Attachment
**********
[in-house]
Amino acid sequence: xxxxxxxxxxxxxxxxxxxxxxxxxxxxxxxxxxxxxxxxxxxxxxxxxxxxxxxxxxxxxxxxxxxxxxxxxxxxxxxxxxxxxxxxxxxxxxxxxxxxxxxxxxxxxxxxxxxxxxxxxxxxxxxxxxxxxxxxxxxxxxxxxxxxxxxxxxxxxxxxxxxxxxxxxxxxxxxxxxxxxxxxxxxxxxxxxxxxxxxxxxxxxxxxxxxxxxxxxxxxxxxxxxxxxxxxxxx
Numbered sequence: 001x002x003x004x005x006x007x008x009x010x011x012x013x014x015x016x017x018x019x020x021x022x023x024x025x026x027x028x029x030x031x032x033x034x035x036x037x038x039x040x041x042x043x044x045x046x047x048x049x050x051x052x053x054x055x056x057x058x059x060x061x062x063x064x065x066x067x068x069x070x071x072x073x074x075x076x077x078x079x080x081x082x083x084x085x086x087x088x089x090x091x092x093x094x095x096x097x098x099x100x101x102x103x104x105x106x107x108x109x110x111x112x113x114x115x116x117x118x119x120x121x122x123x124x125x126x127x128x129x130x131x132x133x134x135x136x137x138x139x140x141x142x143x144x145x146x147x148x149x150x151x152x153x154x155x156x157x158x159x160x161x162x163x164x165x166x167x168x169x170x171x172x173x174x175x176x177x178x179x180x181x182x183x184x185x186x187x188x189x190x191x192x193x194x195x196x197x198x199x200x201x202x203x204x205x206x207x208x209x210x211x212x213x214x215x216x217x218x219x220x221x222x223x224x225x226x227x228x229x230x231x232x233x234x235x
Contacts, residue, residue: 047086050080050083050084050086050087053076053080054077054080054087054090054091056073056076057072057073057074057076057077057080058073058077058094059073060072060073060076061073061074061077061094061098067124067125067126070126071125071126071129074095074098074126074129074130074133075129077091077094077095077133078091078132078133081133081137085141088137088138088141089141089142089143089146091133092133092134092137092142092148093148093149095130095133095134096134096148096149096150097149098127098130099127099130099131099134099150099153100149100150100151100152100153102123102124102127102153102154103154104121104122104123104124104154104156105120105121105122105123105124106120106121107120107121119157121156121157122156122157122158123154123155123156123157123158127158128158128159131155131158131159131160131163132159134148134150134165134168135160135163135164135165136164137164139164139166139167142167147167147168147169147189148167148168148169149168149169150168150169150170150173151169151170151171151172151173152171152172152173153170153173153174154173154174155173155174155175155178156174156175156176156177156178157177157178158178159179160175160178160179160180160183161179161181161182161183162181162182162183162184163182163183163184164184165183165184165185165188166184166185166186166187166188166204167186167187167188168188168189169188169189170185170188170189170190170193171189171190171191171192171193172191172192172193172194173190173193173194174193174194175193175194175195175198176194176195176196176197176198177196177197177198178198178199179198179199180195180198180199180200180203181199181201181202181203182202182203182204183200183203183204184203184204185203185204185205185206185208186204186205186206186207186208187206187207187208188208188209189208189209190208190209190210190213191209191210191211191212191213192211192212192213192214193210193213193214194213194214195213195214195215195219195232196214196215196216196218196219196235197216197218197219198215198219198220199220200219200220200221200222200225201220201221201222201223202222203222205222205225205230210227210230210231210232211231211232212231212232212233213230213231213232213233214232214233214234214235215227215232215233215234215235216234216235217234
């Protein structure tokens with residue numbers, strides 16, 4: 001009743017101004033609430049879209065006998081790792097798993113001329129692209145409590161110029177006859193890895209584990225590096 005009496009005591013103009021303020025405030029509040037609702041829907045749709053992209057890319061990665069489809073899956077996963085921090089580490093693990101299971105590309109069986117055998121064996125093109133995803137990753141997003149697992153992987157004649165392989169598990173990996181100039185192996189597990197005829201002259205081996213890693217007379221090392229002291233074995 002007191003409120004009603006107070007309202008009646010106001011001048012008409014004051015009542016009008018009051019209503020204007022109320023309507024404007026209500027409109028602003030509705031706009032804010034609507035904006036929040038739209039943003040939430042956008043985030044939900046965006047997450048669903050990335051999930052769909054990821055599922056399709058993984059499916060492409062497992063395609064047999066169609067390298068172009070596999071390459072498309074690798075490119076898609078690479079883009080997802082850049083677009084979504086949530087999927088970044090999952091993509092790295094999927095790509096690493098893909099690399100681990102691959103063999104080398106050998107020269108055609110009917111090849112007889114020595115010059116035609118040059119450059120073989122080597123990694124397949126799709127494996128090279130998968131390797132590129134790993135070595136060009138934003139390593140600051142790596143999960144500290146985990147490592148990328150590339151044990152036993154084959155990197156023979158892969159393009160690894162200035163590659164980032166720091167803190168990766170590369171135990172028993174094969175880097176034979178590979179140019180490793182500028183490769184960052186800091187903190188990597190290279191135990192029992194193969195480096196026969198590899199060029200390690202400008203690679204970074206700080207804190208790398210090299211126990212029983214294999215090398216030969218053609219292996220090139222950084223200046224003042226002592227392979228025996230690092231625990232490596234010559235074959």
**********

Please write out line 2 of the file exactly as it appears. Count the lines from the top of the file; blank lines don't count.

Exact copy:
Amino acid sequence: xxxxxxxxxxxxxxxxxxxxxxxxxxxxxxxxxxxxxxxxxxxxxxxxxxxxxxxxxxxxxxxxxxxxxxxxxxxxxxxxxxxxxxxxxxxxxxxxxxxxxxxxxxxxxxxxxxxxxxxxxxxxxxxxxxxxxxxxxxxxxxxxxxxxxxxxxxxxxxxxxxxxxxxxxxxxxxxxxxxxxxxxxxxxxxxxxxxxxxxxxxxxxxxxxxxxxxxxxxxxxxxxxxxxxxxxxxx